Growing up on a nicely decaying lump of flesh is the best start in life a Sarcophaga crassipalpis larva can get. Rotting flesh, gaping wounds, Sarcophaga parents will deposit their larvae on any old piece of meat, making them true flesh flies, by name and nature. But there's one thing this insect doesn't like, and that's winter. At the first sign of shorter days, the adults trigger a developmental program that will see their next brood safely through to spring by arresting the pupae's development in a process called diapause. And once triggered there's no turning back, the diapause program must run its course; only then will the pupae mature into next spring's adults. For more than thirty years, David Denlinger has been fascinated by the mechanisms that maintain the flies' suspended state. Having originally focused on the diapausing insect's ability to survive icy temperatures, Denlinger and Scott Hayward have now turned their attention to the pupae's ability to handle drought. Exposing both developing and diapausing pupae to a desiccating environment, Hayward tracked the insect's stress protein responses as they dried out, and was amazed when he found that some stress proteins could be a major component of the insect's diapause regulating machinery (p. 963).
The proteins Hayward and Denlinger decided to track were the Heat Shock Proteins (Hsp), which despite their name protect cells from many more stresses than heat. Hayward triggered diapause in some of the pupae by shortening their day length, while leaving the other pupae to continue developing with 15 hours of light per day. Placing the pupae in low humidity chambers, he waited to see how their heat shock proteins responded to the stress.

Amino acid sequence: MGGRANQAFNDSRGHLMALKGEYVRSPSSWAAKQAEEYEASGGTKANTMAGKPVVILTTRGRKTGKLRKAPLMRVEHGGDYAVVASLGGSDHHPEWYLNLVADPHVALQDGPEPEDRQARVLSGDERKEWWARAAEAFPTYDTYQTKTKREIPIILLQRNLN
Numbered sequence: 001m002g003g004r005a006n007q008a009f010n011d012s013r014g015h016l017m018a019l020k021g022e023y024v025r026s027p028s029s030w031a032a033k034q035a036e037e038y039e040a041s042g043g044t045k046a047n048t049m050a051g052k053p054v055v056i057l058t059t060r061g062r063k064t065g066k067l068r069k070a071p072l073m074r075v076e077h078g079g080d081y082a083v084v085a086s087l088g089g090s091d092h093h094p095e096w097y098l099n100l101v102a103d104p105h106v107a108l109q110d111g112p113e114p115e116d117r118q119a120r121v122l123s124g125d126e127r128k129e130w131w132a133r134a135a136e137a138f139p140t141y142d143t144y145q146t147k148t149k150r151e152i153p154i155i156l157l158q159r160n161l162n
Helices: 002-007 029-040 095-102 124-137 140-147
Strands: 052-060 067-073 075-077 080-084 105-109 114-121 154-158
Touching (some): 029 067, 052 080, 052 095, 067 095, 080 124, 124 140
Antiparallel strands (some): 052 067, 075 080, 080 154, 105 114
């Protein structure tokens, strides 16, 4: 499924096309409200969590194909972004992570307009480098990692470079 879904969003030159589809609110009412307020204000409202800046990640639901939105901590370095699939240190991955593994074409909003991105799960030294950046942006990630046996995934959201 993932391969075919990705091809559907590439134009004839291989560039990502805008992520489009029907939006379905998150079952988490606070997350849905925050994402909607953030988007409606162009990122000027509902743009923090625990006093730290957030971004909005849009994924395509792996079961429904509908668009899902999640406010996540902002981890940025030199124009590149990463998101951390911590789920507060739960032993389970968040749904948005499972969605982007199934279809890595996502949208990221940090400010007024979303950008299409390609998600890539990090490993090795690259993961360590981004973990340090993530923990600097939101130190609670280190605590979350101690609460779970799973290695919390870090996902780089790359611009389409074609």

Working with Joseph Rinehart, Hayward realised that as the developing flies dehydrated, they began producing high levels of two heat shock proteins, Hsp23 and Hsp70. However, the diapausing pupae were already producing high levels of the proteins before they began dehydrating, and the added stress didn't alter their Hsp23 or Hsp70 levels. Interestingly, a completely different group of Hsps responded to stress recovery during rehydration, Hsp90 and Hsc70, and this response was the same in both developing and diapausing flies.
Hayward also looked at the insect's responses to dehydration just after they had quit diapause and resumed developing into adults. But he was surprised to see that Hsp23 and Hsp70 had vanished from the dehydrated insects. How could this be? Both proteins are sure-fire indicators of dehydration stress, and these insects were experiencing a serious drought. If Hsp23 and Hsp70 had vanished, even under these dry conditions, maybe Hsp23 and Hsp70 were doing something else. Maybe both proteins were a component of the insect's diapause machinery, and development could only be resumed once the proteins had vanished.
This time, Hayward aroused the dehydrated pupae from diapause with a dose of hexane to see how the proteins responded. Again Hsp23 and Hsp70 vanished,and it was only after the flies' developmental program was fully initiated that their Hsp23 and Hsp70 levels rose to protect them from the desiccating conditions. Hayward realised that if the two heat shock proteins were there,the pupae couldn't escape diapause. Development could only be resumed if both Hsp23 and Hsp70 had vanished. The proteins seem to be a key component of the pupae's diapause machinery, keeping the pupae safe from harm until danger passes.